Freemasonry is entirely built around traditions. Its intellectual inspiration was born from the determination of Isaac Newton and his friends to create an area of freedom in an England torn apart by civil and religious war. Ever since there have been lodges in Scotland, men have passed between the pillars of King Solomon’s Temple, that epitome of soul-searching reflection, to nurture a harmonious distinction between tradition and modernity. Freemasonry perceives the harmony of opposites as the secret of life and the world.
The Mason’s Temple is a volume of freedom of expression, reflection, education, and progress; it is not a cube. It is a consecrated space enabling each one who meets therein to be truly free, to meet on the level without regard for rank in society or partisan concerns. A Masonic Temple is not a secret place, only a protected one. Freemasonry is an initiatory society offering men a working method which will enable each initiate to make his way toward moral and intellectual perfection. In the lodge, men from every walk of life, of all ages, every social category and every spiritual and philosophical conviction find a basis for reflection through a common language and a common culture in an authentically fraternal relationship. Freemasons are united by their initiation and they come together in a common ideal of freedom, equality, social justice, non-denominationalism and peace. There is thus a sacred space within every Masonic Temple, but for its members, it represents only a transcendence of the human condition. Freemasonry was founded first to emancipate consciences; not concern itself with the saving of souls.
To establish its fundamental values and provide a guarantee of equality to all, Freemasonry has adopted the tools of the operative masons as symbols to remind members of their freely consented obligations. Aprons, gloves, collars and jewels are not just raiment’s of clothing, but a reminder of a common commitment to work together for the progress of humanity, a common respect for rules which cannot sully the purity of the institution’s intentions, or the equality of all members within the lodge.
It is not the trappings of the fraternity that make the light. It is not the apron that makes the Mason. It is his individual commitment and obligation to listen, work and share with his brothers a common quest for spiritual and personal growth by integrating into his being the moral and ethical principles which comprise an enlightened heart and mind. The vocation of Masonry is spiritual, its demand humanist, and its heritage toleration, the rights of man, and the independence of people everywhere.
The rituals and traditions of Freemasonry tend toward universalism rather than occultism. The aprons, lodge furnishings, decorations and regalia of the fraternity are not there to keep the uninitiated at a distance, but to bear witness to the Masonic movement’s attachment to its history and symbolism. They are a permanent and ubiquitous reminder to every brother of the purpose of his commitment. Even though Freemasonry may have evolved with time, and the years and centuries may have invited change within the organization, its object has remained immutable: to reveal men in their fullness, that fullness in knowing how to search the realms of spirituality and philosophy within the archetypes of maleness to find and embrace the mature masculine soul.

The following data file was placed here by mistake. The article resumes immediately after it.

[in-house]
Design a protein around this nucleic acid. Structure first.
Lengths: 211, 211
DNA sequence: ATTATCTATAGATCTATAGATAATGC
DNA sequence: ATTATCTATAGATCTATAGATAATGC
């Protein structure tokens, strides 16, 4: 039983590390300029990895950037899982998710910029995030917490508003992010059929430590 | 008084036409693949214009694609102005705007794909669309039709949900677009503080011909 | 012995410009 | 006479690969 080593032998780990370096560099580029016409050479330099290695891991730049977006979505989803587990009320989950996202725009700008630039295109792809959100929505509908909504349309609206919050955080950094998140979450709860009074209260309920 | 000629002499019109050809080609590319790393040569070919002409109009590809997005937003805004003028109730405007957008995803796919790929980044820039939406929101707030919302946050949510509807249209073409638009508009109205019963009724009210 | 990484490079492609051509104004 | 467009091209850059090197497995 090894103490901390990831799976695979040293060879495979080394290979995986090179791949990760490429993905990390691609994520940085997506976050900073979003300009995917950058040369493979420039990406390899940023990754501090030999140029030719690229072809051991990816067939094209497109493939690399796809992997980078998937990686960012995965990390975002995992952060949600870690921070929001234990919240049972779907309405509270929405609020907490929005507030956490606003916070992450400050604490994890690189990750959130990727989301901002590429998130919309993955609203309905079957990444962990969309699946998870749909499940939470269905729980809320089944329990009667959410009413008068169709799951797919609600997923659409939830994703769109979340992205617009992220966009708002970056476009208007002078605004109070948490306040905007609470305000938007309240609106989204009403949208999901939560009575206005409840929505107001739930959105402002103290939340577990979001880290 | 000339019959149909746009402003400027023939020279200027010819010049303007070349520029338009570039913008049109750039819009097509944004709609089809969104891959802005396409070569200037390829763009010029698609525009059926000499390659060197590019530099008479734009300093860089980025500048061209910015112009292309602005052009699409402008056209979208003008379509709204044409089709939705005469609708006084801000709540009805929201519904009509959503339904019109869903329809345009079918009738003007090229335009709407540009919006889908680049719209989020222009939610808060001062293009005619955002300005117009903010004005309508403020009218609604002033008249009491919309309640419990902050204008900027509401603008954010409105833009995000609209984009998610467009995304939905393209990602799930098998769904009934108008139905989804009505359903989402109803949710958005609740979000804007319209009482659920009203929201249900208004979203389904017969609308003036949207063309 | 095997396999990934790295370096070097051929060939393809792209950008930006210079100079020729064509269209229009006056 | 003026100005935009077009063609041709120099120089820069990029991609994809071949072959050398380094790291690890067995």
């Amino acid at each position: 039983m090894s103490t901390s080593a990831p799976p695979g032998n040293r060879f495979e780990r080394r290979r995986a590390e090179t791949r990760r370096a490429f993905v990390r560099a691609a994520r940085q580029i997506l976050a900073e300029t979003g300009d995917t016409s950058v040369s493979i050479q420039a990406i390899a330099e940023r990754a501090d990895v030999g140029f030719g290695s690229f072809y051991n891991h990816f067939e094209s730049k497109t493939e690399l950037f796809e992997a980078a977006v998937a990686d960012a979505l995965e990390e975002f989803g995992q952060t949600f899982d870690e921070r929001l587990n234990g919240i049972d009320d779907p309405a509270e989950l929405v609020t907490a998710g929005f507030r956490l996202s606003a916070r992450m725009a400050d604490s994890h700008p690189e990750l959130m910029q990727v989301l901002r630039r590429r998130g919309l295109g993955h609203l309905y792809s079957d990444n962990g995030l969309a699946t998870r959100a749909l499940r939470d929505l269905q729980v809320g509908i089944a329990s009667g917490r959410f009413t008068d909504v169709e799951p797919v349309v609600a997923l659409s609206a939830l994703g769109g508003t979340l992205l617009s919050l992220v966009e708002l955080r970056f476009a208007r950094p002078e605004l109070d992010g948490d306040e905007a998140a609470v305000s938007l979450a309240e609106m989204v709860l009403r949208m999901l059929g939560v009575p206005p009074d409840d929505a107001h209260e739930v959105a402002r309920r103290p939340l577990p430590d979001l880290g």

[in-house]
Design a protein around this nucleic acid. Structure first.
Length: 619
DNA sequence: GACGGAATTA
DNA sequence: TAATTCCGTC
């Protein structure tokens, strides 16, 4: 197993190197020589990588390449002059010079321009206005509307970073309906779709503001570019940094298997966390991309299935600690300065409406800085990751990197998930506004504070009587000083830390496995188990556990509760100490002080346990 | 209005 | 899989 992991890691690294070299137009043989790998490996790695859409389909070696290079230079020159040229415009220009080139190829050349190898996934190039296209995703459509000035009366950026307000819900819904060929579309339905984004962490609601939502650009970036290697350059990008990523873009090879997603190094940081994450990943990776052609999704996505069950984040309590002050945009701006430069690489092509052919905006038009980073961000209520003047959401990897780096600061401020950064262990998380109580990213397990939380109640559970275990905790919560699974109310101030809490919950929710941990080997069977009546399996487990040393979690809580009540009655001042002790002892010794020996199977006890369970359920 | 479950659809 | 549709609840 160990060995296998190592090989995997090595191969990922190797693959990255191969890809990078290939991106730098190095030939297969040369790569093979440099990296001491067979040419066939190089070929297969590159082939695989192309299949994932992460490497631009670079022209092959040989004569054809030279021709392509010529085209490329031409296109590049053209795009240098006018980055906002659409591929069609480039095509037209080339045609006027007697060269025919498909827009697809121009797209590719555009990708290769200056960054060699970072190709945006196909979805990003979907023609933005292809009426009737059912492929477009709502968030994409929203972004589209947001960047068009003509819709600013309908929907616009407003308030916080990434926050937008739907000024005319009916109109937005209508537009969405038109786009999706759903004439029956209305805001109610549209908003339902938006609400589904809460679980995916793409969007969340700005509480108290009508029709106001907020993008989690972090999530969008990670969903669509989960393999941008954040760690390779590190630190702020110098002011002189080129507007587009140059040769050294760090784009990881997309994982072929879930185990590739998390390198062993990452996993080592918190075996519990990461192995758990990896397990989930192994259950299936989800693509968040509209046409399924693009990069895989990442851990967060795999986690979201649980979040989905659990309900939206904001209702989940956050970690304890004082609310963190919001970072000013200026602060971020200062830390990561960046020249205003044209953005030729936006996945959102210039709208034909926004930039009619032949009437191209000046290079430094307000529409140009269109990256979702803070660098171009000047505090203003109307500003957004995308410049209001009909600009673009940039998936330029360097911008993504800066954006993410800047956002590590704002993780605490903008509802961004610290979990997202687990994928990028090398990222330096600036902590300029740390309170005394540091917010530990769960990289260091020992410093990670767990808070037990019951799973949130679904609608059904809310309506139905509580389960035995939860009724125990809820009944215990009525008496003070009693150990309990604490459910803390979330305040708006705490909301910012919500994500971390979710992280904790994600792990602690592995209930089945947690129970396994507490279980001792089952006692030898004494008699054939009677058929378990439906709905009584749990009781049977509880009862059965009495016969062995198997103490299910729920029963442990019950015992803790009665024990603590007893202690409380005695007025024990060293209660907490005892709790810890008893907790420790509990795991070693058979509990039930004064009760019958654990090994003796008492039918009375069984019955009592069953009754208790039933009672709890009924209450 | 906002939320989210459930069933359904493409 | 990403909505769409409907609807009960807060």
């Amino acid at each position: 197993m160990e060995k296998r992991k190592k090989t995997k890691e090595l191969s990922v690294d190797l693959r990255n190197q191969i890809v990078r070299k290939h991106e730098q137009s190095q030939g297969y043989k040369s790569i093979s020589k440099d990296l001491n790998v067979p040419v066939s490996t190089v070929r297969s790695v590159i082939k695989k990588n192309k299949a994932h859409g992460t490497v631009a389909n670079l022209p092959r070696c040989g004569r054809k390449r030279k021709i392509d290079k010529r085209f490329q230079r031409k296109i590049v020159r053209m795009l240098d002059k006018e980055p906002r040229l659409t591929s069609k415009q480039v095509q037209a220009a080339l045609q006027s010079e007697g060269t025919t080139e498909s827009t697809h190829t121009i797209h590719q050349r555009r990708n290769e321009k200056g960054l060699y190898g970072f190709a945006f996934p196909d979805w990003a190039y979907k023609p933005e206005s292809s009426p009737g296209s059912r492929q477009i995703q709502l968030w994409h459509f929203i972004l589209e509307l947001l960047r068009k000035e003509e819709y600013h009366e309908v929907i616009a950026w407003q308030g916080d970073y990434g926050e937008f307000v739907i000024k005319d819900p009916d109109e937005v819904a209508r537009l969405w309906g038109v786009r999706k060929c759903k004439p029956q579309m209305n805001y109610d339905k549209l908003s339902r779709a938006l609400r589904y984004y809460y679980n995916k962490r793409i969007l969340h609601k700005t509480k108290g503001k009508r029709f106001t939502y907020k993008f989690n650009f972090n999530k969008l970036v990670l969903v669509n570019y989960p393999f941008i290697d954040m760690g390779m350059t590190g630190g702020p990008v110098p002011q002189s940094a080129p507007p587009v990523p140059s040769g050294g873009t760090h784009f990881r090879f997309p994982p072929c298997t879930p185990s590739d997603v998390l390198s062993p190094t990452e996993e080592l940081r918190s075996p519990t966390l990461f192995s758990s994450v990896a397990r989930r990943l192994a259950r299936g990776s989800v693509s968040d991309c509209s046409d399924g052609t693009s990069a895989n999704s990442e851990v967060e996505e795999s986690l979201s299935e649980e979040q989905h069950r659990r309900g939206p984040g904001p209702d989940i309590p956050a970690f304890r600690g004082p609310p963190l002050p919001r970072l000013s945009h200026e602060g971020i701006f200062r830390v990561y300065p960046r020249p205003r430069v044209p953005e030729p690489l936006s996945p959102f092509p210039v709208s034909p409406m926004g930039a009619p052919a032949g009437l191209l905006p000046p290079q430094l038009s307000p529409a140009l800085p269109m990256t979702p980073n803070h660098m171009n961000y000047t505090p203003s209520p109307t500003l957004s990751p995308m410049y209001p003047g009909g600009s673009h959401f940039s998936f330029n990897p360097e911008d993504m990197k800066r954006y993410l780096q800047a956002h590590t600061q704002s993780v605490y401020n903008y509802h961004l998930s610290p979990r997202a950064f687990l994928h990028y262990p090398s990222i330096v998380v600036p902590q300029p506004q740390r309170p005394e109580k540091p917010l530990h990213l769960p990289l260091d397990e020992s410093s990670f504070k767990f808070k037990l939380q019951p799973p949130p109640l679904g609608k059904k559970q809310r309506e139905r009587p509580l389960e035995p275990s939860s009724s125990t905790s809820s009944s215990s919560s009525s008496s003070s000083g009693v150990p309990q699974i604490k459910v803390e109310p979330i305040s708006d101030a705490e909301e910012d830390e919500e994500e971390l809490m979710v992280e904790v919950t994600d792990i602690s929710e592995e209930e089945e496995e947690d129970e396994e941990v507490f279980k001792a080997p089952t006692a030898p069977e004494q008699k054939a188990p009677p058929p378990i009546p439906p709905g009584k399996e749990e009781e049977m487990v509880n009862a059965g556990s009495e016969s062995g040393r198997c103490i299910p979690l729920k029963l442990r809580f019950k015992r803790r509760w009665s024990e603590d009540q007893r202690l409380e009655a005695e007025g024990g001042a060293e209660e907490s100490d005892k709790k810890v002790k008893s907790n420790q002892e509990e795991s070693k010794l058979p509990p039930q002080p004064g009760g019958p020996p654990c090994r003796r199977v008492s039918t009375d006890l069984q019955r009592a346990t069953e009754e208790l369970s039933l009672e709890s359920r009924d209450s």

It may be seen by the outsider as a discreet and often poorly articulated institution, but Freemasonry has left a deep mark on the western world and its history. It is at once a philosophic, philanthropic and progressive institution working for the intellectual and social betterment of mankind through the practice of virtue, tolerance, and benevolence in every dimension of manhood. It was wholly founded on fraternity and its aim is to unite men despite their differences.
The vast network of Masonic symbolism teaches that Freemasonry is also a society aimed at helping man rise above his ordinary condition so that he may be better prepared for building a more humane and enlightened society. Whether in the sacred conclaves of the Masonic temple, or represented in the decorations of a Mason’s regalia, the ornaments of fraternity collectively recite the symbolic alphabet of a universal language that transcends all ethnic and cultural differences among men. It is a language which remains lost to nine-tenths of the world’s population. The unique and specific nature of Freemasonry’s approach and frame of thought represents its collective consciousness.
While often misunderstood, Masonic secrecy is in no manner meant to hide something. It is simply the secrecy that accompanies any spiritual or personal approach respecting the intimacy of an initiatory quest. It is a guarantee to every initiate of personal individual freedom to seek out and discover that which is the noblest and purist within his mind and soul.
Freemasons are without doubt men of tradition and, because they are men of tradition, they are men of progress. They do not hope for a nostalgic return to some past era, but for the tradition of transcendence and evolution of which every man in every time is capable. The hope of every Freemason is that tomorrow will be better than yesterday and today. That is the progress of the ages.
When fraternal men work together for their own perfection, they do so to participate fully in the life and progress of their time, and the progress of humanity.
The existence of an active traditional Freemasonry in a democratic society is the best guarantee and assurance of genuine spiritual and civic freedom.
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